No Judgments. No Limits. No Shame.
It’s probably pretty apparent these days that erotica – female erotica in any case – is becoming more and more mainstream. A few years ago, these books would have remained regulated to the back of the bookstore, a narrow bookshelf next to the “Romances” without even their own label, nestled in between the Harlequins and the Historicals. But then something strange happened – a story, better yet – A story first conceived of as fan fiction and put on the internet under “fair use” doctrine of American IP law (Fair Dealing, if you’re Canadian like me)generated enough user interest that a book deal was offered. And after a flurry of editing (that did not, apparently include grammar) to adapt it from “fan fiction” to just “fiction” (tell me if you want to hear more on that, I can do a post about it) – the 50 Shades franchise was born.
And yes, there was criticism. Female sexuality is such a scary thing that there are plenty of people who would continuously try and restrict it as much as possible. There are various theories about that, and I won’t go into them here, but suffice it to say that women were having none of it – and we bought 50 shades, we read about BDSM and fetishes and realized we actually liked the sexuality therein. So we demanded more.
And suddenly Sylvia Day, Sylvain Reynard and titles like 50 Shades of Alice in Wonderland and Jane Eyre Laid Bare were at the front of Indigo and Borders – sitting brazenly atop a pile of other erotic books with the commonality that they were all bestsellers.
This is all to say that, if not for all this, then S.E.C.R.E.T. would never have caught on the way it has, coming out just as the wave of erotic women’s literature has crested.
I bought it as an early birthday present, read it in about three days, and I actually enjoyed it. It is part erotica and part traditional romance – we have an older woman who is living in New Orleans, a city she settled in with her abusive ex husband who then died on her before the ink was dry on divorce papers. Since his death she has led a mostly sexually repressed life working for her crush at his diner, as a waitress. So, it starts off quite contentedly as a traditional romance novel. We have our heroine, and we can guess at who our hero will be, now we just have to wait for circumstances to throw them together in throes of passion and sexual fulfillment …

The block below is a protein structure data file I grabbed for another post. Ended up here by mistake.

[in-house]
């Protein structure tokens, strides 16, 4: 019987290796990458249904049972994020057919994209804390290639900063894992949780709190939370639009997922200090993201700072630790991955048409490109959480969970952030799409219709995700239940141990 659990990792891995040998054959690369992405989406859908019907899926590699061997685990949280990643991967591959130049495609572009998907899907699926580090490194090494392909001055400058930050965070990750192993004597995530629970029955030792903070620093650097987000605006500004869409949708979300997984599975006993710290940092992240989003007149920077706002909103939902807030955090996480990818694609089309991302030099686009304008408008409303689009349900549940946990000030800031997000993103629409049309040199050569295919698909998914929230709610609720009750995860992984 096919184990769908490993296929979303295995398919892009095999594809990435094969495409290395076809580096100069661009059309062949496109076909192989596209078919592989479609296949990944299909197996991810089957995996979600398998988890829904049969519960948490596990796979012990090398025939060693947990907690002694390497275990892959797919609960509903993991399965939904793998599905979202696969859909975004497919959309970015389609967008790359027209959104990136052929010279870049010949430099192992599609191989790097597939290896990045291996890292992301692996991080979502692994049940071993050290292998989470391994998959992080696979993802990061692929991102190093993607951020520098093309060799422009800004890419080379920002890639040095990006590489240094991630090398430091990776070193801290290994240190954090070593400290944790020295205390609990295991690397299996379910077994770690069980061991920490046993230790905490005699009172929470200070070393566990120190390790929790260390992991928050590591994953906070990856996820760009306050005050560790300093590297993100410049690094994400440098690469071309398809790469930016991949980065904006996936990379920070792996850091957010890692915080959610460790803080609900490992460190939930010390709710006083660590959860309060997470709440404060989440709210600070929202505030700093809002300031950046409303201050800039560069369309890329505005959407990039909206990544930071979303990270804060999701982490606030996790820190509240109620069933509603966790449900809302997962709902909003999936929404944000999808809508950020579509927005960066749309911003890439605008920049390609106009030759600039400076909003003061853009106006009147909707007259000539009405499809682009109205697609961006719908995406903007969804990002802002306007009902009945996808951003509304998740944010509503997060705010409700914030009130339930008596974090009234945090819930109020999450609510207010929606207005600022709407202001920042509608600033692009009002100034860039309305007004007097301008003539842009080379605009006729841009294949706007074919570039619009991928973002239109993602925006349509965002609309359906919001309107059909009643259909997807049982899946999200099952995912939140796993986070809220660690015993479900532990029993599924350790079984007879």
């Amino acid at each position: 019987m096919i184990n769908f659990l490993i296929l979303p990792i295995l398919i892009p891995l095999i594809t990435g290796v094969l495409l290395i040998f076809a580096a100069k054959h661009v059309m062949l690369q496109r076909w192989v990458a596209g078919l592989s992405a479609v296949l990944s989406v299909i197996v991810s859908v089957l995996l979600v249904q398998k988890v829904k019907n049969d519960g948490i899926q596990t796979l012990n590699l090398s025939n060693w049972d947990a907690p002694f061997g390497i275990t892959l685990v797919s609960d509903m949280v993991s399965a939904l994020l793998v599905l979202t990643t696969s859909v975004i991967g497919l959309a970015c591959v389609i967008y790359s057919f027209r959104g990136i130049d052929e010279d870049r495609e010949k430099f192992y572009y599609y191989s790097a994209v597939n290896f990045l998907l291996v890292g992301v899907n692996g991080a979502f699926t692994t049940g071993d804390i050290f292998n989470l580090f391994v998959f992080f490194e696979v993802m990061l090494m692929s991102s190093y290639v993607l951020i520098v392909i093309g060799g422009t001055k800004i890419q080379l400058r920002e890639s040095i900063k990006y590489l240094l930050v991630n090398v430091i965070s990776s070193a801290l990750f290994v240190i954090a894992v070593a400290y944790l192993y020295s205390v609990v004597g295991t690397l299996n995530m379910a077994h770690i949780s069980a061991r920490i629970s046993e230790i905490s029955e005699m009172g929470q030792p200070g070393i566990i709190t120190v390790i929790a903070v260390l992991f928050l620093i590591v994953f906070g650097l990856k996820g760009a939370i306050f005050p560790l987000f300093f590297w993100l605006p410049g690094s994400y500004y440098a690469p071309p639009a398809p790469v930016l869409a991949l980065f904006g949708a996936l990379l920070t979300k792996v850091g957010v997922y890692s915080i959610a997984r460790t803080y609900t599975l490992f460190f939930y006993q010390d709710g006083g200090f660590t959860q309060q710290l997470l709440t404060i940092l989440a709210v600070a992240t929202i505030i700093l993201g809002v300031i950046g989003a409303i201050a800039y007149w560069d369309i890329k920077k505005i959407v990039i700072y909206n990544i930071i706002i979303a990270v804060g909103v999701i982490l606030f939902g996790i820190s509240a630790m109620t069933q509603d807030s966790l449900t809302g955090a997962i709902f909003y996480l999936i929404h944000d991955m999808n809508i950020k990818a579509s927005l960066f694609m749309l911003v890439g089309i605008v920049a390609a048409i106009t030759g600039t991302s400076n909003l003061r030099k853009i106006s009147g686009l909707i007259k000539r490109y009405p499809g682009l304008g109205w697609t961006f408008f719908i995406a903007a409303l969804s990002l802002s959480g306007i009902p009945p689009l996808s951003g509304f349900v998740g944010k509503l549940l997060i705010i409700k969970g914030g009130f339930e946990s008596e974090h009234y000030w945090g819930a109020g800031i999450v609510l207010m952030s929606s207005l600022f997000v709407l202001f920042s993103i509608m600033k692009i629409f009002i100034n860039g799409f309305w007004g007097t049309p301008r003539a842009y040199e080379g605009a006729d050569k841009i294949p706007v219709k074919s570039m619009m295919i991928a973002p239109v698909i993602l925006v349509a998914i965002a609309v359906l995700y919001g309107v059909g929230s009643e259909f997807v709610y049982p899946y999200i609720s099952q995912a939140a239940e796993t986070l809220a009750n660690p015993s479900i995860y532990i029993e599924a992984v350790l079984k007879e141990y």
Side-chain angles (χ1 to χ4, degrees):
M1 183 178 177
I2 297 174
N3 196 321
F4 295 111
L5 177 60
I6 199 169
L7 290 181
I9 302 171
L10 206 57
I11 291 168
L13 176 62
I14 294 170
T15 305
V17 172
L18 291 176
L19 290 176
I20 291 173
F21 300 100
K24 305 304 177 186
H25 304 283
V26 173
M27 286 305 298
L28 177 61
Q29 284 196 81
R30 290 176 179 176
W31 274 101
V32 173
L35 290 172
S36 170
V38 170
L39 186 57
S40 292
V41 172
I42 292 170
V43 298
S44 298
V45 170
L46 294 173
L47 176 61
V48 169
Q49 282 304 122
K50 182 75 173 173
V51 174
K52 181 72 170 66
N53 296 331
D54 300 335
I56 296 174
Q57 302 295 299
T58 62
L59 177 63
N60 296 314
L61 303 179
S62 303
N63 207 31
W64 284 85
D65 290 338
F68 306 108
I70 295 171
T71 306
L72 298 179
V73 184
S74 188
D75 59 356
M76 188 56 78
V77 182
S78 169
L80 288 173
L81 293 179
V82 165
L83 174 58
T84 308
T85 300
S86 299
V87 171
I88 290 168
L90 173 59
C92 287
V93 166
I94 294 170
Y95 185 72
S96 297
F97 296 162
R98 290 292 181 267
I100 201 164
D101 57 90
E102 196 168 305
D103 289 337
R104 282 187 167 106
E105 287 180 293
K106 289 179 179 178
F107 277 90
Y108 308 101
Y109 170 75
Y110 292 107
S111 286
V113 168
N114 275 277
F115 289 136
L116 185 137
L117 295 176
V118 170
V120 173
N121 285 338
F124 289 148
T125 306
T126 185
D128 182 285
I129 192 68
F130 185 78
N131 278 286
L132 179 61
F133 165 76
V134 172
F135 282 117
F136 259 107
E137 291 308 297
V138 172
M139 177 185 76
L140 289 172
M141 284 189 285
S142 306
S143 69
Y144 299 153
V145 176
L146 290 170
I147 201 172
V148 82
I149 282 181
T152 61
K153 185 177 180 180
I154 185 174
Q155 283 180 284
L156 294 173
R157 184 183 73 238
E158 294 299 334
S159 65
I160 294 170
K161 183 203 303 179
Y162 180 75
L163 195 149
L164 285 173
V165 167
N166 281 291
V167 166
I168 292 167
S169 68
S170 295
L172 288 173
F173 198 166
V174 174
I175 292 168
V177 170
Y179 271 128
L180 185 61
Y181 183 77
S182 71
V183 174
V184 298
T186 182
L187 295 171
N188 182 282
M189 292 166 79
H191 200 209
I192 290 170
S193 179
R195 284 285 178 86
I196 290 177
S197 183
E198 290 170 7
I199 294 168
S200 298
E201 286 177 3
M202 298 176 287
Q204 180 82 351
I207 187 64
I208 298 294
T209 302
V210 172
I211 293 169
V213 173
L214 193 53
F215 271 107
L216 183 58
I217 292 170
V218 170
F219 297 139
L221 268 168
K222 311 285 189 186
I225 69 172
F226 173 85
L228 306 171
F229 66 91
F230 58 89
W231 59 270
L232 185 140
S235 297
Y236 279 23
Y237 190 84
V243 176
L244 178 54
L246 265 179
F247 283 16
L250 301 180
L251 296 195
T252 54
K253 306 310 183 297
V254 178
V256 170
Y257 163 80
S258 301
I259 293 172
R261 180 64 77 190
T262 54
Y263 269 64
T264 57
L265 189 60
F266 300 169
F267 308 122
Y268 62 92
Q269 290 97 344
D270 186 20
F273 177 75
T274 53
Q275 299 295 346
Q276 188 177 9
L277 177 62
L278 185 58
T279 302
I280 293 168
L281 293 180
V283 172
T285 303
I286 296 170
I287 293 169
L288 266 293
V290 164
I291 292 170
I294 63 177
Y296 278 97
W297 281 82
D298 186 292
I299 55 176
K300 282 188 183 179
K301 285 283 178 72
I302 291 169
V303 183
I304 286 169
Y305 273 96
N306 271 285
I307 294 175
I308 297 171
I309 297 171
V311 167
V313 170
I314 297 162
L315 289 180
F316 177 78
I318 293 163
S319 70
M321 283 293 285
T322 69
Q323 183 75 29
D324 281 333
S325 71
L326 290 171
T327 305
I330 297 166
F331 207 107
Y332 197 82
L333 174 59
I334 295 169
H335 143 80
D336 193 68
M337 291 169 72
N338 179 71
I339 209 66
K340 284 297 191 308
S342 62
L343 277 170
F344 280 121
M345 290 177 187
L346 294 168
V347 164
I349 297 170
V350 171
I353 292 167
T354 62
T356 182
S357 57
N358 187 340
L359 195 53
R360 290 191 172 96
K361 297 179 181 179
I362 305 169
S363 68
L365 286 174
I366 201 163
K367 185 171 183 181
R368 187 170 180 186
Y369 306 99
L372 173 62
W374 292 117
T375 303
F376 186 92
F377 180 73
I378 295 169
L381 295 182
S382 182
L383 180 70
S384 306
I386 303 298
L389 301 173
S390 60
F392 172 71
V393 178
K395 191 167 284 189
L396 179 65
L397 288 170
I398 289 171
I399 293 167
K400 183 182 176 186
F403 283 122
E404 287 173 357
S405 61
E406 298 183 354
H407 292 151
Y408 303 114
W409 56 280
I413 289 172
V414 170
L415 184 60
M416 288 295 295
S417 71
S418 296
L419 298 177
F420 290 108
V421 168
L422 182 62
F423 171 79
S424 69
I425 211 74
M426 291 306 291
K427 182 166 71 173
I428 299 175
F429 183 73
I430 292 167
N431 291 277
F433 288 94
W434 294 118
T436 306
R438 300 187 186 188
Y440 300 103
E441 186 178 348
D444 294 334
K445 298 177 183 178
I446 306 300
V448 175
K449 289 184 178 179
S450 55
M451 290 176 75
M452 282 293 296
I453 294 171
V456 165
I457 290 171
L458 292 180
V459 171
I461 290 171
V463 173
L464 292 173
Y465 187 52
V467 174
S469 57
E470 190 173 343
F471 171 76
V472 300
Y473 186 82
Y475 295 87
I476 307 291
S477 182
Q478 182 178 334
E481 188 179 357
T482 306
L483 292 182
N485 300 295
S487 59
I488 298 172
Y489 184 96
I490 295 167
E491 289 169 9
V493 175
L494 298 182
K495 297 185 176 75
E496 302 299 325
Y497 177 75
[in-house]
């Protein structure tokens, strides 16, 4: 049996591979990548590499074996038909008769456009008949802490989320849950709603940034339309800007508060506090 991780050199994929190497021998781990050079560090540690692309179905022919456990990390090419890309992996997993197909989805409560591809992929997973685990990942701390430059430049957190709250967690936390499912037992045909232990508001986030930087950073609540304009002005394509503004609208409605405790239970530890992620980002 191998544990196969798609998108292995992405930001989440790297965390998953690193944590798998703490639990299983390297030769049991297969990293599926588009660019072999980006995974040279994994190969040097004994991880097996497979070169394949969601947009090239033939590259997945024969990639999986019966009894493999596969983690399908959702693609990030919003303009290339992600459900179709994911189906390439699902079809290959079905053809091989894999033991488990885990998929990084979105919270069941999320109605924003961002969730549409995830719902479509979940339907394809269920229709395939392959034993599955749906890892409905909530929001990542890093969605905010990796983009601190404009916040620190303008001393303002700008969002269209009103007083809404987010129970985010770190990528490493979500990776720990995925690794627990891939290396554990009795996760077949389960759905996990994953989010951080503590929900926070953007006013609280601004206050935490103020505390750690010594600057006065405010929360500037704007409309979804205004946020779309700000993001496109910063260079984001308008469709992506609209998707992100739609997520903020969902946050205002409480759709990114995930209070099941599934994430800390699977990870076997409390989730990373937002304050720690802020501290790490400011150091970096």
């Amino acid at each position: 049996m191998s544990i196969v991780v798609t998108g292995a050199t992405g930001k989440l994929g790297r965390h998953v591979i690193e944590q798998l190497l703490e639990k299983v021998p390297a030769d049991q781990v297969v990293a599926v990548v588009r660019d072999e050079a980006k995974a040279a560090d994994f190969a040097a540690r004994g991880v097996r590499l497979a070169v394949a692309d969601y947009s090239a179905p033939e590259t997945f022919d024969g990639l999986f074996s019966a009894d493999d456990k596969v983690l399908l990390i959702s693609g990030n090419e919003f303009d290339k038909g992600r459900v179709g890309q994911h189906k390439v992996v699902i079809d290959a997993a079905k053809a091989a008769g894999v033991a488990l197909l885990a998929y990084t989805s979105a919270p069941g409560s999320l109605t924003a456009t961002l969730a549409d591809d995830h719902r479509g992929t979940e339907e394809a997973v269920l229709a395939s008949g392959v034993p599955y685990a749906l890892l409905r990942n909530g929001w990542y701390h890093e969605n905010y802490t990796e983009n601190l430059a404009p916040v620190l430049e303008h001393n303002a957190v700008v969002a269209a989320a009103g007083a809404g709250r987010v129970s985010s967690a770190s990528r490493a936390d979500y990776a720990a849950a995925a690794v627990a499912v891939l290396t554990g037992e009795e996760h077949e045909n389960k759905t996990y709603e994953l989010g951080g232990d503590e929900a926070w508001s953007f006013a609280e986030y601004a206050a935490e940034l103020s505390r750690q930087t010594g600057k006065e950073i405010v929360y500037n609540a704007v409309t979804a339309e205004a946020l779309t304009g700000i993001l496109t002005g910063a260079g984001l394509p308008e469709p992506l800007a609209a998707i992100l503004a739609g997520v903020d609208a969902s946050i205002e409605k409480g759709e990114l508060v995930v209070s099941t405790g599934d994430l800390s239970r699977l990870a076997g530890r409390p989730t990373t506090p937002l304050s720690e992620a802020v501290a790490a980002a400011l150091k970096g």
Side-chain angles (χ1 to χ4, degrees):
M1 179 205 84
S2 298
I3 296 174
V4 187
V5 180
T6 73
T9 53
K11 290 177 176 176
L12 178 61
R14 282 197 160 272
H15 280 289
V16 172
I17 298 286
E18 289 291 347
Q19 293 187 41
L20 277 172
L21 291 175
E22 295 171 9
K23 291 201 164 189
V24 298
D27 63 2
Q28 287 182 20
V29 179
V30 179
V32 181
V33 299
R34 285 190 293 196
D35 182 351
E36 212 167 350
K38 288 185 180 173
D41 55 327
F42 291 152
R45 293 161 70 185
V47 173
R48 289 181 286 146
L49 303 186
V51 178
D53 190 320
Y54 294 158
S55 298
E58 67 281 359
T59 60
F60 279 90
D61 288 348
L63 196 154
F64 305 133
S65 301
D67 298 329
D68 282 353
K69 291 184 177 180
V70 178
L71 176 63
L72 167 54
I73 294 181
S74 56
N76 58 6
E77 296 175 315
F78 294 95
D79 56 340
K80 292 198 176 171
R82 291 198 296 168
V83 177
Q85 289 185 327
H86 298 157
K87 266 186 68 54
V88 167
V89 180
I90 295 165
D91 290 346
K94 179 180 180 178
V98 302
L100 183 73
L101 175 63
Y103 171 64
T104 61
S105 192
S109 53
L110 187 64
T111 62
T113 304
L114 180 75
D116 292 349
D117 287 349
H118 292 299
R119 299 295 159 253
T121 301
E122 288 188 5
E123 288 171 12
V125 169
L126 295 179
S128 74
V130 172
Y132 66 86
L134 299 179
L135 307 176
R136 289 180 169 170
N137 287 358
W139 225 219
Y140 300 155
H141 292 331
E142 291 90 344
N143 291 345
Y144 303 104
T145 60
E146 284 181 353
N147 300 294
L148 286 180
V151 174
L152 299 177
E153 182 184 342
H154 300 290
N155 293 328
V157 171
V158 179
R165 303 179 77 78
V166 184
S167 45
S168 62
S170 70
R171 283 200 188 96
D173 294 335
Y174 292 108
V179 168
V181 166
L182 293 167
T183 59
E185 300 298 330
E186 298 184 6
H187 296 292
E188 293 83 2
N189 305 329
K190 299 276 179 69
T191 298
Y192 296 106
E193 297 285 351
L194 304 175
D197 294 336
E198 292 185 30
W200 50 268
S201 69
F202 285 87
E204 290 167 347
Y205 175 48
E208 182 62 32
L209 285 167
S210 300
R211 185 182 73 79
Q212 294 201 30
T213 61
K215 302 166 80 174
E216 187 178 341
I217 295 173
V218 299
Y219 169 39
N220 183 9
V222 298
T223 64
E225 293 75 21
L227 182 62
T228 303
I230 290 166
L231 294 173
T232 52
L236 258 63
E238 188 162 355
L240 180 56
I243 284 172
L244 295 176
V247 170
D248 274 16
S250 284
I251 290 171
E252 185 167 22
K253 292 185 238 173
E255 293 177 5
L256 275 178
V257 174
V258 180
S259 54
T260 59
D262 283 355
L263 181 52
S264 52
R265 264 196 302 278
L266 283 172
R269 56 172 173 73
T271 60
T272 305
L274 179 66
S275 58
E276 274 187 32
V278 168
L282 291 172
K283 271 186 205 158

But this is not so traditional as it turns out.
The catch of S.E.C.R.E.T. is the organization that finds its way to our heroine, Cassie, just at the point where she’s about to give up in generally. This organization – run by women, for women – seeks to make women happier and more confident through the expression of their sexual desires – whatever they may be. Cue threesomes, blindfolded, celebrity and rescue scenario sex games.
The point is to take care of yourself – to stop putting the norms of society and the pleasures of men ahead of your own pleasures. Or at least, that is how I took it. I actually quite enjoyed Cassie’s progression, and though I felt the end was rushed (an obvious – and successful – attempt to garner a sequel, because honestly, you cannot end like that …) the whole of the novel struck me as particularly well thought out and pretty damn good.
And funnily enough, what struck me most was not the sex or the eroticism. Rather it was this passage, when Cassie is contemplating going with the organization:
What is it about going out alone, seeing a movie alone , or enjoying dinner alone, that is so difficult? I could never bring myself to do it, preferring instead rent a movie at home rather than sit alone in a darkened theater. But the alone part wasn’t what I was afraid of. The alone part was easy; I’d felt alone my whole life, even when I was married. No, I was afraid that everyone else, all these people, coupled and cozy, would see me as one of the Great Unpicked, the Sadly Unselected, the Sexually Forgotten. I imagined that they would point and whisper. I imagined that they would pity me.
– S.E.C.R.E.T. by L. Marie Adeline, pg. 87
This discussion of why women are driven into unhappy circumstances – be it shacking up with the wrong person just to stave off being alone, or cloistering yourself in your apartment so no one can see you there, being alone – and the parameters of this self examination under society’s eyes – it’s breathtaking in a way, because I have so seldom read about it – instead hearing it through drunken admissions from me or my girlfriends – and sometimes my guyfriends.
What a remarkable statement. To address loneliness in erotica.
The Walrus, my favourite Canadian magazine, addressed this book in an article recently. While I do not agree with the conclusions reached by the articles – the cartoon and the discussion is enough that I recommend everyone interested on this topic to go ahead and read it. It’s about as fair as mainstream magazines will be towards erotica …
I recommend S.E.C.R.E.T. – it’s a good story with a bit of a rushed ending, and I think the heroine, Cassie, has a lot of potential that will continue to flower in the next installment!
I will end off with this tidbit – L Marie may be writing about a waitress from Michigan who lives in New Orleans, but she is CANADIAN! Alright, I’m done 🙂
Cheers to all!
Next Review: The Last Werewolf by Glen Duncan